Bangon Visayas - Relief Work in the Philippines

Today Andrew shares about his experiences working with Samaritan's Purse on their disaster response team in the Philippines in the days immediately following Typhoon Haiyan. As I read it, I was amazed by the destruction he saw and the resilience of the Filipino people. For continued updates on Samaritan's Purse's work in the Philippines, visit their website.  Also, if you'd like to read his previous updates from the Philippines, you can read them here and here. Enjoy! - whitney


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The word "bangon" means rise up in the Visayan language. The Visayas are a region in the Philippines that were devastated by the recent Typhoon Haiyan, or Yolanda, as the locals call it. I just returned from the Visayas after spending ten long days working with Samaritan's Purse on their disaster response team (DART).

On November 8, Whitney and I were in Phnom Penh, eating Mexican food, when I found out that I was officially given a spot on the DART team with Samaritan's Purse (SP). My plane ticket was booked for the following morning. As I packed my bags, I started thinking through different scenarios. It's always hard to know the exact situation that you'll find entering into an area right after a disaster.

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Surveying the damage on Bantayan Island with the SP team

My role as water, sanitation, and hygiene (WASH) specialist meant I needed to know how to get people clean water as quickly as possible. I have been working as a WASH program manager in Cambodia for over two years, but this was different than anything I've done before. In Cambodia, we mainly work with household water treatment and small-scale water systems in rural areas. The typhoon, however, had left a path of destruction throughout cities and everything else in its path. I started thinking about the larger community-sized water treatment options available. SP has used these kinds of systems before in another places like Haiti after the 2010 earthquake. But I still had not seen one in real life. So, I started reading through the instruction manuals and reviewing all of the technical information I could get my hands on.

bangon bantayan philippines typhoon haiyan samaritan's purse

The next morning I left to go to the airport with my boss Patrick. We were the first ones from SP to land in the Philippines. We arrived in Manila Saturday night and met up with the rest of our team the next day. On Sunday morning, we went to a meeting at the United Nations office. There were over 50 other organizations represented at the meeting. We didn't yet know the level of destruction that would be found, but we all knew that it was enormous.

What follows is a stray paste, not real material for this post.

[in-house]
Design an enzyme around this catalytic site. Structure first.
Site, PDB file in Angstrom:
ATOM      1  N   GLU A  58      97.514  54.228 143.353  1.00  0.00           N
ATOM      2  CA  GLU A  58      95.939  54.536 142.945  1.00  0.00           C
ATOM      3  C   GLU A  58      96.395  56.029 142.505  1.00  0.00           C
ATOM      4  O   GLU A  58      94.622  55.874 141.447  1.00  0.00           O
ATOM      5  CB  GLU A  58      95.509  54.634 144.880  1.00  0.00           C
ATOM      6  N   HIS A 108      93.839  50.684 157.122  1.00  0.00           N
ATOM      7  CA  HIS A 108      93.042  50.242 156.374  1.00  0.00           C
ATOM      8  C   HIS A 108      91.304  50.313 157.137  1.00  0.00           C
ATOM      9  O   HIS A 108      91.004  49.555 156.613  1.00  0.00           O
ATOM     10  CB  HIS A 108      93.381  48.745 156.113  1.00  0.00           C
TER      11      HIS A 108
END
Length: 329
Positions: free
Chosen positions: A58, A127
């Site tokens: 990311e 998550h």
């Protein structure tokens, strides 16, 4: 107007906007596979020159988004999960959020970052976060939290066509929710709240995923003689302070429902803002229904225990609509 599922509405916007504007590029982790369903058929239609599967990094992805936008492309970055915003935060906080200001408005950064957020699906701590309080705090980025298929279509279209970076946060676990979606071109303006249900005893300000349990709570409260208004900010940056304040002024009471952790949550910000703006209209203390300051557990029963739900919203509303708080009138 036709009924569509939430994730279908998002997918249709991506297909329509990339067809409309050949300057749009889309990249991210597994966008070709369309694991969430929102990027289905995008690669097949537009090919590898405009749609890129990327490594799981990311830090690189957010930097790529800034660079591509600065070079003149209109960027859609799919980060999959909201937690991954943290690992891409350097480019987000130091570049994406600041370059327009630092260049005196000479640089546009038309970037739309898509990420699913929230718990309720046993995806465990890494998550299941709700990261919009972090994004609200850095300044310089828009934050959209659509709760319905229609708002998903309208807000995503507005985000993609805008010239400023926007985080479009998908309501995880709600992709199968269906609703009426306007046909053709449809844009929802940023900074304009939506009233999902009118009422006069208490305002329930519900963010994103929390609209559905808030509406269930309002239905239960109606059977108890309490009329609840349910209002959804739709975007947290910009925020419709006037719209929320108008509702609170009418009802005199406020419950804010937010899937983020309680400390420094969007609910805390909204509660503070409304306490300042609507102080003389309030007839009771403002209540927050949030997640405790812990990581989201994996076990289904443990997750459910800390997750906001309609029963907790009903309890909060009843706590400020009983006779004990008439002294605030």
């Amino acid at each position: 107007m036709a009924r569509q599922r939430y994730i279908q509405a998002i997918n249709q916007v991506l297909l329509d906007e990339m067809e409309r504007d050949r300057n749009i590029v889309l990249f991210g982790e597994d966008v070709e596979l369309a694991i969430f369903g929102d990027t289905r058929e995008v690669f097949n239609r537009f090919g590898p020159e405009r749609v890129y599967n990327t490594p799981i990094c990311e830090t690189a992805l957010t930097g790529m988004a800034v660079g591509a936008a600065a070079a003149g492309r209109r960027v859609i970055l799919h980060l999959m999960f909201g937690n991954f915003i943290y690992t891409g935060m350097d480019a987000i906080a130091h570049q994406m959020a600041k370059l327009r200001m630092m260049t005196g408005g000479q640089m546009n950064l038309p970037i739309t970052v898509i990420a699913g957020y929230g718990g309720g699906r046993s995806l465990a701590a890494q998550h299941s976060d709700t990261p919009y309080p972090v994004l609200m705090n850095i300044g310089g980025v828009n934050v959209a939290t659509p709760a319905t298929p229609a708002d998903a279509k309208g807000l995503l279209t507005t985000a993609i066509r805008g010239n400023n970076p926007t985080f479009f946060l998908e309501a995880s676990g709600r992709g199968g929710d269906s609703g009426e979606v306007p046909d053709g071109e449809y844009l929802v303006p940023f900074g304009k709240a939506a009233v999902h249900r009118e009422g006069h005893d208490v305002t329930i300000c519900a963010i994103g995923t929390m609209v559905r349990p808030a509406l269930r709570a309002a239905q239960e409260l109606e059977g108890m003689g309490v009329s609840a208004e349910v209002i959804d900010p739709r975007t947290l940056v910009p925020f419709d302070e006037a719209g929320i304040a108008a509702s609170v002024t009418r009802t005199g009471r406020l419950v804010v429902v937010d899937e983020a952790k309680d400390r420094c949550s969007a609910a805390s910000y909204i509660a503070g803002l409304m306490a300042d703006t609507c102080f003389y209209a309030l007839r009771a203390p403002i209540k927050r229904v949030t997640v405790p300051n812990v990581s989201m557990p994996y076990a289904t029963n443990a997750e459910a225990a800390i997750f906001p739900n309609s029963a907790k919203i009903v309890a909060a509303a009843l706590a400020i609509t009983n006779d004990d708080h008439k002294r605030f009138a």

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Military presence over Bantayan Island

The next morning our team flew down to Cebu City where we were planning to set up our base office. I was originally supposed to fly to Tacloban City, but that flight was canceled because they were only allowing military flights at the time. I was a little disappointed that I could not get there because I heard that it was the neediest, but at the same time relieved because of all the reports of violence and looting.

So after flying to Cebu, we drove up north to the city called Bogo. We could see many houses were damaged in Bogo, and many people who lost their homes were living in evacuation centers or crammed into remaining family members' homes. It's really interesting to being able to speak English with others in a foreign country - something I was not used to in Cambodia. It helped me connect with people a lot faster and quickly feel connected emotionally.


Although we were only planning to do an assessment that day, we felt so bad for these people and their needs that we stayed late and went to a nearby store to purchase plastic tarps for them to use as temporary shelter.